Electrical and other safety concerns following Hurricane Sandy

Blog Post created by mikehazell Employee on Nov 6, 2012

The skies have cleared up over the Mid-Atlantic and much of the flooding has subsided from areas following Hurricane Sandy. So, it’s ok to return home and begin the cleanup and get lives back to normal, right?

Not so fast. According to the National Fire Protection Association experts on Electrical Codes and Life Safety Codes, which are accepted into law by jurisdictions nationwide, many dangers still exist after such a storm despite not being obvious. Here are a few tips to keep yourself and your family safe as you return to your homes.

Avoid using candles – Despite being available avoid the temptation to use candles throughout the home when being without electricity to avoid risk of fire. This is especially relevant in hardest hit areas which may have a risk of natural gas leaks. Use flashlights instead.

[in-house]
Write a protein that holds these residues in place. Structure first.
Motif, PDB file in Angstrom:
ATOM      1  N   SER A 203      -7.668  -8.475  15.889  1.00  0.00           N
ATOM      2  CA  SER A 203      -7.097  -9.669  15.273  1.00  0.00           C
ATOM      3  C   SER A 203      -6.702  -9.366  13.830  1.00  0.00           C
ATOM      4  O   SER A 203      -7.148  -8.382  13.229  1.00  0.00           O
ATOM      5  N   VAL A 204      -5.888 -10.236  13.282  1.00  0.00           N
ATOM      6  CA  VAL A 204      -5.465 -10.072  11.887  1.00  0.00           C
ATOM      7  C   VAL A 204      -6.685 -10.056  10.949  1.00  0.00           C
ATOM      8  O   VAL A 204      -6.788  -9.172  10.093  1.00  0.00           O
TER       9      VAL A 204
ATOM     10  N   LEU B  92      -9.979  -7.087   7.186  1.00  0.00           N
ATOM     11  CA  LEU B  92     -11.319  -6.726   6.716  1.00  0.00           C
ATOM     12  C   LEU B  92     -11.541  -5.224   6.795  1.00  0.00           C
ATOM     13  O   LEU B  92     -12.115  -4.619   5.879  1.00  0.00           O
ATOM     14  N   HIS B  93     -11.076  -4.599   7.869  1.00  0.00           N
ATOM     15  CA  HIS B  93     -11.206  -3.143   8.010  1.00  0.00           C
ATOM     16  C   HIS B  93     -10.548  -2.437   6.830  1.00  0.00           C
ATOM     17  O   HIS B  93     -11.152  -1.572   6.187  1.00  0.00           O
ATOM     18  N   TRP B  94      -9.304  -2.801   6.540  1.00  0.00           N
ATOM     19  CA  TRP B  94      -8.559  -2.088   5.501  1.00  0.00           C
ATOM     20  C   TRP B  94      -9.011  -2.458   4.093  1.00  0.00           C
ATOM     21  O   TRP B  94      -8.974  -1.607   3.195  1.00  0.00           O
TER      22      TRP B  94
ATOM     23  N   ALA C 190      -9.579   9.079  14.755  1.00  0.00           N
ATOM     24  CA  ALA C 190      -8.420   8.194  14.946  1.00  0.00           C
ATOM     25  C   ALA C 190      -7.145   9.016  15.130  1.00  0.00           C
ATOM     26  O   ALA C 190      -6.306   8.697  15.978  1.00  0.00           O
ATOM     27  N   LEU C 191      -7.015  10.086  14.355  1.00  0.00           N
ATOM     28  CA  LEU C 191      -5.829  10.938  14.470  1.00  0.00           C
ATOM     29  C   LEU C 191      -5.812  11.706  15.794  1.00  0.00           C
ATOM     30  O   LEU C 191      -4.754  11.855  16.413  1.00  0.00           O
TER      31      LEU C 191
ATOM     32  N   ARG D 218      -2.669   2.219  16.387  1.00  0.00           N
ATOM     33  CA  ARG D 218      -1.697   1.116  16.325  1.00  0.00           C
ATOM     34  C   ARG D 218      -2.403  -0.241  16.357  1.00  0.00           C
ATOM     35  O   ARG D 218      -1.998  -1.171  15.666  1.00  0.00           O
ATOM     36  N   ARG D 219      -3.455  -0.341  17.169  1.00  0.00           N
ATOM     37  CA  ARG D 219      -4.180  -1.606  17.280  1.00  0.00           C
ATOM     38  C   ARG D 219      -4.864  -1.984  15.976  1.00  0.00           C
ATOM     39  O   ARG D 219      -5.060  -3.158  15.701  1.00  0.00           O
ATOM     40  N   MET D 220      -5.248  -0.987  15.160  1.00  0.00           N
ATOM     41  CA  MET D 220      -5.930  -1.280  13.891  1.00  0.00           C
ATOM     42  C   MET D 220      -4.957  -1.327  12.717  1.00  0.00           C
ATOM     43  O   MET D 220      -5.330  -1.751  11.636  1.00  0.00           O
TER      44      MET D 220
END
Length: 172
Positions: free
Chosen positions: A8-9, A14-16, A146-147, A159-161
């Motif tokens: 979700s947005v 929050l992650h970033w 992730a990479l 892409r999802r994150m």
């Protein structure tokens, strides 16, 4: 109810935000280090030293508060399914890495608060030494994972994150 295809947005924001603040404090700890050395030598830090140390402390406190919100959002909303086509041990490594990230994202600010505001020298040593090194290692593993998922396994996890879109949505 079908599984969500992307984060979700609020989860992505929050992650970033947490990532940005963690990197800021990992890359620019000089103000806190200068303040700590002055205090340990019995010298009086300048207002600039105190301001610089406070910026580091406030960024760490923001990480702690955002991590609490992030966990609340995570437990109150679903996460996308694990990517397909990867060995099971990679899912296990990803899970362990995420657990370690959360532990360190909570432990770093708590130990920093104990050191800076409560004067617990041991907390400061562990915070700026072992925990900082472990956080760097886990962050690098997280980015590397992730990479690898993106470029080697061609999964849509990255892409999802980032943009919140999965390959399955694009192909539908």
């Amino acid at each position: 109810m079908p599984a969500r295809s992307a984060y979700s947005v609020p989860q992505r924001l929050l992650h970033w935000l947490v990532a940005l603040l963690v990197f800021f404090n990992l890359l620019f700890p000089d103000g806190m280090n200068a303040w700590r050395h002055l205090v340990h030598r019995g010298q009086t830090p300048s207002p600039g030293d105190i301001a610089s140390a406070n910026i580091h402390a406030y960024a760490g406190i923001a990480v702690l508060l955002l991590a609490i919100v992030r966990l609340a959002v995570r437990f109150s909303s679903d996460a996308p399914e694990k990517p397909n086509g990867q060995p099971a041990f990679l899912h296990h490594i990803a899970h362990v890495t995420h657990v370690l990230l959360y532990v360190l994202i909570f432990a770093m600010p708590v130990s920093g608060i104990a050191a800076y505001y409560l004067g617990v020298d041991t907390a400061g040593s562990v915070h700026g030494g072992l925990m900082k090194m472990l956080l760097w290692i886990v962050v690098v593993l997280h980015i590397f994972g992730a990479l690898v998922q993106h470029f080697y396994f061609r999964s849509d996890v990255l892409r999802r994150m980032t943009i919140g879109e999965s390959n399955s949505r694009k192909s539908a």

Beware of downed power lines – Just because they aren’t sparking doesn’t mean there isn’t electricity there. Treat all downed wires as if they were live and alert the authorities. Run generators outside – In the event that electricity may not be available to your home yet, generators are a viable option to power some of your small appliances. However, they also pose a fire hazard and risk of carbon monoxide poisoning. Always run your generators away from your home and open windows. And even if you keep your garage door open, it is not safe to run the generator inside the garage. Unplug all appliances before power is restored – Chances are, you didn’t turn off appliances in your home when the electricity went out and flood waters forced an evacuation. When electricity is restored, these appliances will want to run again and the demand for power will trip circuit breakers right away. If your home still has flood water, you will also risk the danger of electrocution. Unplug all appliances before restoring power and plug only necessary items in one at a time. If you have any doubts regarding safety, call a professional electrician. Avoid using outlets if they were submerged – Even if the water subsides and your home is dry, avoid using any outlets and switches that were submerged in water. Due to the contaminants in flood water during a storm, these items could be corroded and unsafe for use. If the electrical panel was submerged avoid turning electricity on in the home. Call a professional electrician to inspect your home. Use caution with temporary heating units – When using kerosene or propane heaters ensure there is plenty of ventilation and do not refuel the units inside the house. Do not use a kitchen stove for heating – This is dangerous and could produce a fire hazard and carbon monoxide hazard. If your home lacks heat during these cold days, it is best to vacate the building and stay elsewhere. Listen to authorities – They have the latest information on safety conditions in the affected area and are privy to information well before the public does. For additional safety tips from the experts at NFPA, visit www.nfpa.org/hurricanes